As Democratic presidential candidates debate a variety of new social programs, from universal health care to free higher education, Elizabeth Warren and Bernie Sanders are calling for a wealth tax to help fund some of their most ambitious plans. Such a tax has political purposes as well, aiming to chip away at rising inequality and the overwhelming economic power of the superrich who have claimed the lion’s share of growth in recent years.
In brief, Warren has proposed a 2% tax on household wealth above $50 million, rising to 3% for billionaires. Sanders’s plan is more aggressive, applying a 1% tax to net worth over $32 million, with the rate increasing steadily until it tops out at 8% for those worth more than $10 billion.
But is a wealth tax a viable idea? And what would it do to the economy?
What critics say: Although a wealth tax is popular with the public on a bipartisan basis, the idea is nevertheless controversial in some circles, and there are sure to be legal challenges to any effort to impose one. Constitutional issues aside, plenty of economists and business leaders insist that taxing capital is a bad idea, one that threatens the efficient operation of the economy. “You’re going to completely disincentivize capital investment, which is going to be very, very bad for economic growth,” said Treasury Secretary Steven Mnuchin last month, according to a piece examining the issue in Tuesday’s New York Times.
Some centrist economists agree. The Times quotes President Obama’s former Treasury Secretary Lawrence Summers, who co-wrote an article claiming that a wealth tax “would undermine business confidence, reduce investment, degrade economic efficiency and punish success in ways unlikely to be good for the country or even to be appealing to most Americans.”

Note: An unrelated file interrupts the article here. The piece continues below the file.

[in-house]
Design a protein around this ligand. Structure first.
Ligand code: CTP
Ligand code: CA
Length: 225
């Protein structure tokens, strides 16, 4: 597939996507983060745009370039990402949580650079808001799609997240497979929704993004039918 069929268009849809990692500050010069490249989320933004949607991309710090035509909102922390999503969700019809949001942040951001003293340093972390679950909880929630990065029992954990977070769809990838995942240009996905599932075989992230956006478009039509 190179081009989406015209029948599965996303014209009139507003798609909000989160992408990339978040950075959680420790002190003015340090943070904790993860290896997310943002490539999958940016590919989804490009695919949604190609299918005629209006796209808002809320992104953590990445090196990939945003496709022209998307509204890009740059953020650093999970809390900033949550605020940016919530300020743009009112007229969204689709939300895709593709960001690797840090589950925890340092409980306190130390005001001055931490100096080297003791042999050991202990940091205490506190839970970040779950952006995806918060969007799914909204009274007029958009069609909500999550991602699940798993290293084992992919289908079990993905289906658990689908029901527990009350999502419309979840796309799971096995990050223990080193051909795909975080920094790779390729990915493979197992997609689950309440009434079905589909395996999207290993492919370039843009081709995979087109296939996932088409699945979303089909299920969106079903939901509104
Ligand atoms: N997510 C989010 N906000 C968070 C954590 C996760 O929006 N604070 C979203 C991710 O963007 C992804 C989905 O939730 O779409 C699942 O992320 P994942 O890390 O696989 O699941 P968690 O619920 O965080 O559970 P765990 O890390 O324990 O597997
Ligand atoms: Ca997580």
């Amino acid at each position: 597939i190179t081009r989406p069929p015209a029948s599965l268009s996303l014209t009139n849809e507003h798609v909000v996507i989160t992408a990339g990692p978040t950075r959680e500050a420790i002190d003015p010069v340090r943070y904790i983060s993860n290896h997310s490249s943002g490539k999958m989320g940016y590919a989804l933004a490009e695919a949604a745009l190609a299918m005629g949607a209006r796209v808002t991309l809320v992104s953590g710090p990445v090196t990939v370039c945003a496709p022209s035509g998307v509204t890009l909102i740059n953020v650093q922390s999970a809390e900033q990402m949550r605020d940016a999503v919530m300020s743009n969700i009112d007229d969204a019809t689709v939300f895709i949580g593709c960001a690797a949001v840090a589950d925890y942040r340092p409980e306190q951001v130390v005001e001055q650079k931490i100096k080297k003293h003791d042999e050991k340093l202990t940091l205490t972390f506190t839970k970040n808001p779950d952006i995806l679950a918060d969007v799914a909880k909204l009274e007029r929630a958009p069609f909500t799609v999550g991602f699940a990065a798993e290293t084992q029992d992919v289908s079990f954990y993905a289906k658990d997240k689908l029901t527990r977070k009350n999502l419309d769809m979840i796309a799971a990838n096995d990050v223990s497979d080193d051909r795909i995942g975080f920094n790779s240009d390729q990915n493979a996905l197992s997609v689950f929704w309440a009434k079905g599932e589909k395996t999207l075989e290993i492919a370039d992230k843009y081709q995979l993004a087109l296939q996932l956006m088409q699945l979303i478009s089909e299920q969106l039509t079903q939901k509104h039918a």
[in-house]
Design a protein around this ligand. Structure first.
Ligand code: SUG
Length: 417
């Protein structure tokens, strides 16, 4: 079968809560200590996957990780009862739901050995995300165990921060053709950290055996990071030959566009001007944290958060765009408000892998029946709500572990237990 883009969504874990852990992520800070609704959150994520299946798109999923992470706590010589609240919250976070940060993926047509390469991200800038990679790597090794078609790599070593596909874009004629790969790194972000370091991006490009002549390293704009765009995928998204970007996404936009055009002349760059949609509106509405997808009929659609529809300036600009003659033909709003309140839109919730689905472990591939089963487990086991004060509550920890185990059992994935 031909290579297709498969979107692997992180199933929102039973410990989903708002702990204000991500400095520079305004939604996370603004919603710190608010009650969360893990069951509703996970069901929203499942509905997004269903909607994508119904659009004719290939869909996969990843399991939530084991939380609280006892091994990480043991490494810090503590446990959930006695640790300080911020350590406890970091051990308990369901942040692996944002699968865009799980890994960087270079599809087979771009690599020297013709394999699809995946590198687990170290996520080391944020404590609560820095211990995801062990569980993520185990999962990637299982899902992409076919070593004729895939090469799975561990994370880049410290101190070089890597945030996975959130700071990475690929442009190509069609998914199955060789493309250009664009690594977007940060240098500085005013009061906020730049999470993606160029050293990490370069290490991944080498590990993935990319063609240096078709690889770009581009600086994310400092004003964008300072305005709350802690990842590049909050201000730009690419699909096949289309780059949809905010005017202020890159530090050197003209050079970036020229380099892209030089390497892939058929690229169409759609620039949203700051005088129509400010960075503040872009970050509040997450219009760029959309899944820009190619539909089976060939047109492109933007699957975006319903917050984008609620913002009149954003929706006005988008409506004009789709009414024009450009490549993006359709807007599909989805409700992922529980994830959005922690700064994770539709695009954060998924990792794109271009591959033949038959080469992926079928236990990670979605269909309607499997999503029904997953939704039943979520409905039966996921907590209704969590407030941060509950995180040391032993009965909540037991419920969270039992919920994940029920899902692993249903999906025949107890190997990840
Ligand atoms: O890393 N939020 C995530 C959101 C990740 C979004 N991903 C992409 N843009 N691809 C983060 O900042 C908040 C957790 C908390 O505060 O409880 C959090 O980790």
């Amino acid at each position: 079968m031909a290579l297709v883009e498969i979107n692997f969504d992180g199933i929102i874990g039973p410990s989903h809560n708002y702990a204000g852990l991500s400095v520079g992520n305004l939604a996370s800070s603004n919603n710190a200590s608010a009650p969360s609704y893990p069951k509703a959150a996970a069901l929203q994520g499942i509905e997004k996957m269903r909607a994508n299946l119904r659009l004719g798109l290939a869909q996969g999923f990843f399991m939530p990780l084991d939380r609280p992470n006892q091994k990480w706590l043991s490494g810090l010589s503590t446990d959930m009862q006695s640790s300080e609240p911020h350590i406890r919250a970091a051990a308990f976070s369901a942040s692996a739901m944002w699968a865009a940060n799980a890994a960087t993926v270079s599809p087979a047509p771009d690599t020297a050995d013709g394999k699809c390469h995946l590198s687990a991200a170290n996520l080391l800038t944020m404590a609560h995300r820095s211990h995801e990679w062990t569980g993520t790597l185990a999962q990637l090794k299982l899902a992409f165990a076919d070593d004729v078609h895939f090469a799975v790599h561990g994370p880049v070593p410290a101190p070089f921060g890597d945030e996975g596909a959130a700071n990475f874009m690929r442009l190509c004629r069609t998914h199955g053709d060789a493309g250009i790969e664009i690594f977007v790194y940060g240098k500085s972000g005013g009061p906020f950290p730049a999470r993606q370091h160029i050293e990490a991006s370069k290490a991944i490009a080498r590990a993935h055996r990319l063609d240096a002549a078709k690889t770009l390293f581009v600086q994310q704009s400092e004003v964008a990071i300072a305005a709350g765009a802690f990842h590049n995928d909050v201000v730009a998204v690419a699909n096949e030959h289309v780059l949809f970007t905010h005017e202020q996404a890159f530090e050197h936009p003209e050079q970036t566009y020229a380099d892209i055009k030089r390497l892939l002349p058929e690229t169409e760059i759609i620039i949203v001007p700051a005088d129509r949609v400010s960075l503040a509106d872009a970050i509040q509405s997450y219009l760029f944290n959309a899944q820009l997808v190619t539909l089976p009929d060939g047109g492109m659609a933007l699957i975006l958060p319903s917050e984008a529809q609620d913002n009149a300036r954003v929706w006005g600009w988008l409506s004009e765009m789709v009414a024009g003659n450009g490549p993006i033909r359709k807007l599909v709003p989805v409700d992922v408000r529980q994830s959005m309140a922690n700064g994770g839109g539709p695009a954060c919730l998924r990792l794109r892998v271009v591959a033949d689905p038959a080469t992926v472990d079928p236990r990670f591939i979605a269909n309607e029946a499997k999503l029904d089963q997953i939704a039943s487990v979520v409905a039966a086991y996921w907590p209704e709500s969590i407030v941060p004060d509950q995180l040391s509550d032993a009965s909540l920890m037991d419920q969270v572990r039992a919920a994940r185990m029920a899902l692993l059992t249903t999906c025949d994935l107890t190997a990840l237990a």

Critics also argue that the rich will likely be able to evade any wealth tax Democrats try to impose, thanks to the lawyers and accountants they can pay to create workarounds for virtually any tax regimen. Criticizing wealth taxes on both an economic and practical basis, economist N. Gregory Mankiw, who led President George W. Bush’s Council of Economic Advisers, told the Times that, “On the one hand it’s a bad policy, and then the other thing is it’s a feckless policy.”
What supporters say: “Don’t believe the scaremongering,” says David Leonhardt of The New York Times, who says there is reason to believe a wealth tax would actually accelerate economic growth. Reducing inequality, which stands at record levels in the U.S., via a wealth tax would free up funds that “are held by a tiny slice of people, who aren’t using the resources very efficiently,” Leonhardt wrote Wednesday. Gabriel Zucman, the University of California at Berkeley economist who has done much of the intellectual legwork underlying the Democratic tax proposals, told the Times that the tax would have a positive, though modest, effect on economic growth by spurring innovation and competition.
Steve Wamhoff, director of federal tax policy at the liberal Institute on Taxation and Economic Policy, said Wednesday cited the public investments that could be financed with revenues from the wealth tax, providing the economy with a much-needed boost. “Industrialized nations with thriving economies all over the world collect far more in tax revenue and invest far more in public goods than we do,” Wamhoff wrote Wednesday. “If we need to raise revenue, taxing the rich is a logical place to start given exploding income inequality and wealth inequality.”
Addressing the potential problem of tax evasion, Gene Sperling, who advised Presidents Clinton and Obama on economic matters, argued last summer that “Tax evasion is a solvable policy failure not an unsolvable act of God … there’s no reason to assume one can’t develop fair, common sense rules to deal with” the technical difficulties involved in applying a wealth tax.
The bottom line: Given the range of opinion among economists and policy experts on the issue, it’s safe to say that we don’t really know how a wealth tax would affect the economy. Like much else related to the tax code, the argument over the wealth tax is inevitably political, with much depending on your basic assumptions and preferences.